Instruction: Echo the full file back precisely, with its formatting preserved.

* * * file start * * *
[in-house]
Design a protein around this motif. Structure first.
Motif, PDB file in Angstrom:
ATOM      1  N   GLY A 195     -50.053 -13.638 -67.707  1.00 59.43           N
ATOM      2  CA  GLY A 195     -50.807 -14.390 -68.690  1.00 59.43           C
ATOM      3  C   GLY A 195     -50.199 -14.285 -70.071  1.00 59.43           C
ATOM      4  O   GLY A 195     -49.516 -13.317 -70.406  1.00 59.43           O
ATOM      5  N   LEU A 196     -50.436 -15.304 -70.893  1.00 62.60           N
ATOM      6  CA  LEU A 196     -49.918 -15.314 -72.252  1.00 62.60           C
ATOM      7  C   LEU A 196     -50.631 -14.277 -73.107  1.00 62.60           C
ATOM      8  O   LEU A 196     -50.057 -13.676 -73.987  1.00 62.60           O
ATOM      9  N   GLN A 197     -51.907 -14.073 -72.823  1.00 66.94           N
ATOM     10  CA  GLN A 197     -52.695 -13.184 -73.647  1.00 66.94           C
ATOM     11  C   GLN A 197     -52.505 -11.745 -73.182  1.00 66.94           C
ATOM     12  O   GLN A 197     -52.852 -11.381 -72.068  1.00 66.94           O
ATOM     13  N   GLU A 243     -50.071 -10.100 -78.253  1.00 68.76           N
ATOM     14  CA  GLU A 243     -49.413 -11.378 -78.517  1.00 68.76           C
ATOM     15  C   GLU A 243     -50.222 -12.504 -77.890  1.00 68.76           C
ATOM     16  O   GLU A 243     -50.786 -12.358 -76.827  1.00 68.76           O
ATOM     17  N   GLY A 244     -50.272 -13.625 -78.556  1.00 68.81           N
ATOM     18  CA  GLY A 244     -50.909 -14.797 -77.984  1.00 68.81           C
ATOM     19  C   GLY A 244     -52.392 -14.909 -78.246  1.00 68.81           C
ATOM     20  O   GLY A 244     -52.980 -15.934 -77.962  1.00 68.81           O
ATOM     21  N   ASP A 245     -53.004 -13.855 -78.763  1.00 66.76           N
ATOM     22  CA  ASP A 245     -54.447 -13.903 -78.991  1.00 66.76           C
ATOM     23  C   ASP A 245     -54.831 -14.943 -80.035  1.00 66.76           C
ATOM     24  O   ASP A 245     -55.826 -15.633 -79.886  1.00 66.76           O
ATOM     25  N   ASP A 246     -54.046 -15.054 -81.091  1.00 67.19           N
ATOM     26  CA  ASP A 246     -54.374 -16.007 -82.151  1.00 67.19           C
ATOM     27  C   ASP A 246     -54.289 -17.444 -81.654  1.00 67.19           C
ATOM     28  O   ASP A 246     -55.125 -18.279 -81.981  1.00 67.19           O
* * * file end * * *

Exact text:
[in-house]
Design a protein around this motif. Structure first.
Motif, PDB file in Angstrom:
ATOM      1  N   GLY A 195     -50.053 -13.638 -67.707  1.00 59.43           N
ATOM      2  CA  GLY A 195     -50.807 -14.390 -68.690  1.00 59.43           C
ATOM      3  C   GLY A 195     -50.199 -14.285 -70.071  1.00 59.43           C
ATOM      4  O   GLY A 195     -49.516 -13.317 -70.406  1.00 59.43           O
ATOM      5  N   LEU A 196     -50.436 -15.304 -70.893  1.00 62.60           N
ATOM      6  CA  LEU A 196     -49.918 -15.314 -72.252  1.00 62.60           C
ATOM      7  C   LEU A 196     -50.631 -14.277 -73.107  1.00 62.60           C
ATOM      8  O   LEU A 196     -50.057 -13.676 -73.987  1.00 62.60           O
ATOM      9  N   GLN A 197     -51.907 -14.073 -72.823  1.00 66.94           N
ATOM     10  CA  GLN A 197     -52.695 -13.184 -73.647  1.00 66.94           C
ATOM     11  C   GLN A 197     -52.505 -11.745 -73.182  1.00 66.94           C
ATOM     12  O   GLN A 197     -52.852 -11.381 -72.068  1.00 66.94           O
ATOM     13  N   GLU A 243     -50.071 -10.100 -78.253  1.00 68.76           N
ATOM     14  CA  GLU A 243     -49.413 -11.378 -78.517  1.00 68.76           C
ATOM     15  C   GLU A 243     -50.222 -12.504 -77.890  1.00 68.76           C
ATOM     16  O   GLU A 243     -50.786 -12.358 -76.827  1.00 68.76           O
ATOM     17  N   GLY A 244     -50.272 -13.625 -78.556  1.00 68.81           N
ATOM     18  CA  GLY A 244     -50.909 -14.797 -77.984  1.00 68.81           C
ATOM     19  C   GLY A 244     -52.392 -14.909 -78.246  1.00 68.81           C
ATOM     20  O   GLY A 244     -52.980 -15.934 -77.962  1.00 68.81           O
ATOM     21  N   ASP A 245     -53.004 -13.855 -78.763  1.00 66.76           N
ATOM     22  CA  ASP A 245     -54.447 -13.903 -78.991  1.00 66.76           C
ATOM     23  C   ASP A 245     -54.831 -14.943 -80.035  1.00 66.76           C
ATOM     24  O   ASP A 245     -55.826 -15.633 -79.886  1.00 66.76           O
ATOM     25  N   ASP A 246     -54.046 -15.054 -81.091  1.00 67.19           N
ATOM     26  CA  ASP A 246     -54.374 -16.007 -82.151  1.00 67.19           C
ATOM     27  C   ASP A 246     -54.289 -17.444 -81.654  1.00 67.19           C
ATOM     28  O   ASP A 246     -55.125 -18.279 -81.981  1.00 67.19           O